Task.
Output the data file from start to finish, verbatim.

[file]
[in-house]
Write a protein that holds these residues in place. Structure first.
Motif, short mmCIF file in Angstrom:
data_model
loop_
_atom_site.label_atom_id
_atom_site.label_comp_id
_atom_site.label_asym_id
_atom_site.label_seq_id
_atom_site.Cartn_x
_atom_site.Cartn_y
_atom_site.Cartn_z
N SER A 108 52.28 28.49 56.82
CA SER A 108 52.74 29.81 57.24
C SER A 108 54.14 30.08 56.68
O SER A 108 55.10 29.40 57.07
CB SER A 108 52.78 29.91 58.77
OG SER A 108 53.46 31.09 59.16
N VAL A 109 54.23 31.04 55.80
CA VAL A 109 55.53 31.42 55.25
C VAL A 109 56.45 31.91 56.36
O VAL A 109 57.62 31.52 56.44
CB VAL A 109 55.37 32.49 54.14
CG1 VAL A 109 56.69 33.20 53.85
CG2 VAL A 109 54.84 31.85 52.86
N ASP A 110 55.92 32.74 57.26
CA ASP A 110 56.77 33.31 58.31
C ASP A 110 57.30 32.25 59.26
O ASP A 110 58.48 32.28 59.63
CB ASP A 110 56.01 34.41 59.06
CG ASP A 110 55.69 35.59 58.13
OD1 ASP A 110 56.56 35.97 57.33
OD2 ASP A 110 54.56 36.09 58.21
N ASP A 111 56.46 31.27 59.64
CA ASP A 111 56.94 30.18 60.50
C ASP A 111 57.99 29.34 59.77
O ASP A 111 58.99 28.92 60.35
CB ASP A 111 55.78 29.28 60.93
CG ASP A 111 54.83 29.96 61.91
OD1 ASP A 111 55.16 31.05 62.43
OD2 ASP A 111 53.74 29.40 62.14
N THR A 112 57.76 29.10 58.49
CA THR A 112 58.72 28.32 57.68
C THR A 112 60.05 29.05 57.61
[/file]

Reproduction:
[in-house]
Write a protein that holds these residues in place. Structure first.
Motif, short mmCIF file in Angstrom:
data_model
loop_
_atom_site.label_atom_id
_atom_site.label_comp_id
_atom_site.label_asym_id
_atom_site.label_seq_id
_atom_site.Cartn_x
_atom_site.Cartn_y
_atom_site.Cartn_z
N SER A 108 52.28 28.49 56.82
CA SER A 108 52.74 29.81 57.24
C SER A 108 54.14 30.08 56.68
O SER A 108 55.10 29.40 57.07
CB SER A 108 52.78 29.91 58.77
OG SER A 108 53.46 31.09 59.16
N VAL A 109 54.23 31.04 55.80
CA VAL A 109 55.53 31.42 55.25
C VAL A 109 56.45 31.91 56.36
O VAL A 109 57.62 31.52 56.44
CB VAL A 109 55.37 32.49 54.14
CG1 VAL A 109 56.69 33.20 53.85
CG2 VAL A 109 54.84 31.85 52.86
N ASP A 110 55.92 32.74 57.26
CA ASP A 110 56.77 33.31 58.31
C ASP A 110 57.30 32.25 59.26
O ASP A 110 58.48 32.28 59.63
CB ASP A 110 56.01 34.41 59.06
CG ASP A 110 55.69 35.59 58.13
OD1 ASP A 110 56.56 35.97 57.33
OD2 ASP A 110 54.56 36.09 58.21
N ASP A 111 56.46 31.27 59.64
CA ASP A 111 56.94 30.18 60.50
C ASP A 111 57.99 29.34 59.77
O ASP A 111 58.99 28.92 60.35
CB ASP A 111 55.78 29.28 60.93
CG ASP A 111 54.83 29.96 61.91
OD1 ASP A 111 55.16 31.05 62.43
OD2 ASP A 111 53.74 29.40 62.14
N THR A 112 57.76 29.10 58.49
CA THR A 112 58.72 28.32 57.68
C THR A 112 60.05 29.05 57.61